Samsung Captivate Review

AT&T just released their newest Android phone, the Samsung Captivate. This device is undoubtably Big Blue’s biggest and baddest Android phone. The Captivate sports some amazing specs for a phone: 4in Super AMOLED screen, 1Ghz Hummingbird cpu, 512MB of RAM, Bluetooth 3.0, 720p video recording and 16GB of internal memory. Compared to other newly released phones such as the Droid X and Evo 4G the Captivate is a contender as one of the better phones running Google’s OS.

Coming from the HTC Aria the Captivate is much larger. Its almost impossible to discretely hold the cell phone in your hand or placing it on a table at meeing. It’s a head turner. As big as it is, it’s not uncomfortable to hold. The phone is thin and not too heavy and it fits in pant pockets easily. As for the screen, I think it’s a great size for internet browsing and texting in landscape mode. Small screens such as the HTC Aria makes it difficult to comfortably type unless your in landscape mode. The same goes with other phones such as the iPhone. When I had one I wish it was a tad bit bigger.

The Super AMOLED is amazing. Comparing the Captivate to iPhone 4 at an AT&T store I almost couldn’t tell the difference in quality. But the iPhone does edge the Captivate in overall quality as the iPhone has higher pixel density and the colors are a little more brighter. The Captivate has a slightly bluish tint to it, but it’s hardly noticable. To the average user they will not notice any difference at all, in fact some may say the Super AMOLED looks better than the iPhone since the Captivate contrast ratio is 50,000:1 where as the iPhone 4 is only 800:1 which aids viewablity in outdoor environments.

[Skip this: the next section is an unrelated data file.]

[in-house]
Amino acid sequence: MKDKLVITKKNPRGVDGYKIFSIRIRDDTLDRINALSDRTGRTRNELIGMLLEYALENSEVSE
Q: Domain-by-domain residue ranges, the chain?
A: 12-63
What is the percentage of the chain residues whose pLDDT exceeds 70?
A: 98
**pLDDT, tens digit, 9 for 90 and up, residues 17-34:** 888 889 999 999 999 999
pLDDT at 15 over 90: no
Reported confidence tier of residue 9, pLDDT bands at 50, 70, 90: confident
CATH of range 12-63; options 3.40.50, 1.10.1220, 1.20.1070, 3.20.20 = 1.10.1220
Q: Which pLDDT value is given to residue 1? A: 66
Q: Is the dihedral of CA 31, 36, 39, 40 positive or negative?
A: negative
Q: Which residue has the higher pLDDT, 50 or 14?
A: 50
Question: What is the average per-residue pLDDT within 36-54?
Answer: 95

I was hoping Samsung and AT&T delivered the phone with the latest Android version, Froyo 2.2, but instead it comes with Eclair 2.1. There are rumors about updates being released in August or September, but I’m not holding my breath. Like other manufacturers, Samsung uses their own UI overlay on top of Android’s stock UI. Samsung’s Touchwiz 3.0 is not bad, but it’s not as good as HTC’s Sense UI. It’s too bad Samsung doesn’t allow the user to turn off their overlay and just use Google’s default one, but there is an option. You can always download other UIs from the Android Market. Launchpro is a great one. I’ve been using it and I must say its much better than Samsung’s and HTC’s. It’s currently in beta and the lack of widgets and themes may turn some off to it, but development for it is going strong and a paid version will be released soon if not already. Calls are clear and haven’t lost a call yet even in low reception areas. The speakers are loud, but they’re located on the back of the phone, so if you place the phone on its back it can muffle the audio. But there is one gripe I have with this phone. The backlight of the softkeys located at the bottom turns off within a few seconds. If you’re using the phone in the dark it makes it hard to see where those keys are located.

The overall usability of the phone is great. There are a few things that hold it back from being fantastic. Such as AT&T’s and Samsung’s lockdown on its software defeating the purpose of having an open phone. The lack of a camera flash can also be a deal breaker for some. It’s hard to see why any manufacturer would make a phone without one. But one thing is for sure, the Captivate is the best Android phone for AT&T and if you can overlook some of the minor annoyances it may be the best Android phone on the market.

Rating: ★★★★★★★★½☆

Fast and smooth UI
Large comfortable AMOLED screen
Record 720p video
Google services integration

No camera flash
Softkey backlight dims too quickly
No sideloading of apps
Samsung Touchwiz needs to be more polished

AT&T’s newest Android phone